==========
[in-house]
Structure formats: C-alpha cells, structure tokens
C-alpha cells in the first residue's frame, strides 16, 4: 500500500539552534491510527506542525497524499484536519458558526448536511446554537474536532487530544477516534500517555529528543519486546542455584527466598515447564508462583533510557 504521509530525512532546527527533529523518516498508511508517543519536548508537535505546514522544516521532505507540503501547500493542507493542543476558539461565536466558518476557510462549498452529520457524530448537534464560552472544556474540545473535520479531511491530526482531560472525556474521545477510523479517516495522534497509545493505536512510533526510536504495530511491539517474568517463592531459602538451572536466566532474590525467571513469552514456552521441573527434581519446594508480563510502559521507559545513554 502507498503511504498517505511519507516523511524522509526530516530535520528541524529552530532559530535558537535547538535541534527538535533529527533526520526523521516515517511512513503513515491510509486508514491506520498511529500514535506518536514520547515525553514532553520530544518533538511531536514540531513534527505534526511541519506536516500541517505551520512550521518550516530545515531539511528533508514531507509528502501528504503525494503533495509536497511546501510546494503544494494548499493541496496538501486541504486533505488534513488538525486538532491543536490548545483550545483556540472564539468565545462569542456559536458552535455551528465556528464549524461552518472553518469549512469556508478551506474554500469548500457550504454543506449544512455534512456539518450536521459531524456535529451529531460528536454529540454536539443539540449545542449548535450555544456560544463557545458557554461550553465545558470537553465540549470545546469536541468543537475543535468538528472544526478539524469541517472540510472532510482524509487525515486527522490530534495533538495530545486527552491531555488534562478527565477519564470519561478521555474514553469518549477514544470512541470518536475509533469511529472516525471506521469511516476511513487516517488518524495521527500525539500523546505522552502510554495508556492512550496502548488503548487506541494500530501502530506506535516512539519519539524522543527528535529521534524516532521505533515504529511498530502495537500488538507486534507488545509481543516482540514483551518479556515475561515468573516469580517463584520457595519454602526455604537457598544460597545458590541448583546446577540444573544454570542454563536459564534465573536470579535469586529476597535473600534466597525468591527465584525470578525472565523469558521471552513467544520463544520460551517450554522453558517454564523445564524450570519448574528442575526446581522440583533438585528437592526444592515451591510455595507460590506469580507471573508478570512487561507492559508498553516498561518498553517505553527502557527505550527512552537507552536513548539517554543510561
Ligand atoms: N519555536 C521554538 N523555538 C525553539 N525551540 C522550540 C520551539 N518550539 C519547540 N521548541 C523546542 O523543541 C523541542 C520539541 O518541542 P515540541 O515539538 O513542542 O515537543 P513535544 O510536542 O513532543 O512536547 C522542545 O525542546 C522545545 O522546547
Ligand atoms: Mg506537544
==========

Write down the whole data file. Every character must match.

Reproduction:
[in-house]
Structure formats: C-alpha cells, structure tokens
C-alpha cells in the first residue's frame, strides 16, 4: 500500500539552534491510527506542525497524499484536519458558526448536511446554537474536532487530544477516534500517555529528543519486546542455584527466598515447564508462583533510557 504521509530525512532546527527533529523518516498508511508517543519536548508537535505546514522544516521532505507540503501547500493542507493542543476558539461565536466558518476557510462549498452529520457524530448537534464560552472544556474540545473535520479531511491530526482531560472525556474521545477510523479517516495522534497509545493505536512510533526510536504495530511491539517474568517463592531459602538451572536466566532474590525467571513469552514456552521441573527434581519446594508480563510502559521507559545513554 502507498503511504498517505511519507516523511524522509526530516530535520528541524529552530532559530535558537535547538535541534527538535533529527533526520526523521516515517511512513503513515491510509486508514491506520498511529500514535506518536514520547515525553514532553520530544518533538511531536514540531513534527505534526511541519506536516500541517505551520512550521518550516530545515531539511528533508514531507509528502501528504503525494503533495509536497511546501510546494503544494494548499493541496496538501486541504486533505488534513488538525486538532491543536490548545483550545483556540472564539468565545462569542456559536458552535455551528465556528464549524461552518472553518469549512469556508478551506474554500469548500457550504454543506449544512455534512456539518450536521459531524456535529451529531460528536454529540454536539443539540449545542449548535450555544456560544463557545458557554461550553465545558470537553465540549470545546469536541468543537475543535468538528472544526478539524469541517472540510472532510482524509487525515486527522490530534495533538495530545486527552491531555488534562478527565477519564470519561478521555474514553469518549477514544470512541470518536475509533469511529472516525471506521469511516476511513487516517488518524495521527500525539500523546505522552502510554495508556492512550496502548488503548487506541494500530501502530506506535516512539519519539524522543527528535529521534524516532521505533515504529511498530502495537500488538507486534507488545509481543516482540514483551518479556515475561515468573516469580517463584520457595519454602526455604537457598544460597545458590541448583546446577540444573544454570542454563536459564534465573536470579535469586529476597535473600534466597525468591527465584525470578525472565523469558521471552513467544520463544520460551517450554522453558517454564523445564524450570519448574528442575526446581522440583533438585528437592526444592515451591510455595507460590506469580507471573508478570512487561507492559508498553516498561518498553517505553527502557527505550527512552537507552536513548539517554543510561
Ligand atoms: N519555536 C521554538 N523555538 C525553539 N525551540 C522550540 C520551539 N518550539 C519547540 N521548541 C523546542 O523543541 C523541542 C520539541 O518541542 P515540541 O515539538 O513542542 O515537543 P513535544 O510536542 O513532543 O512536547 C522542545 O525542546 C522545545 O522546547
Ligand atoms: Mg506537544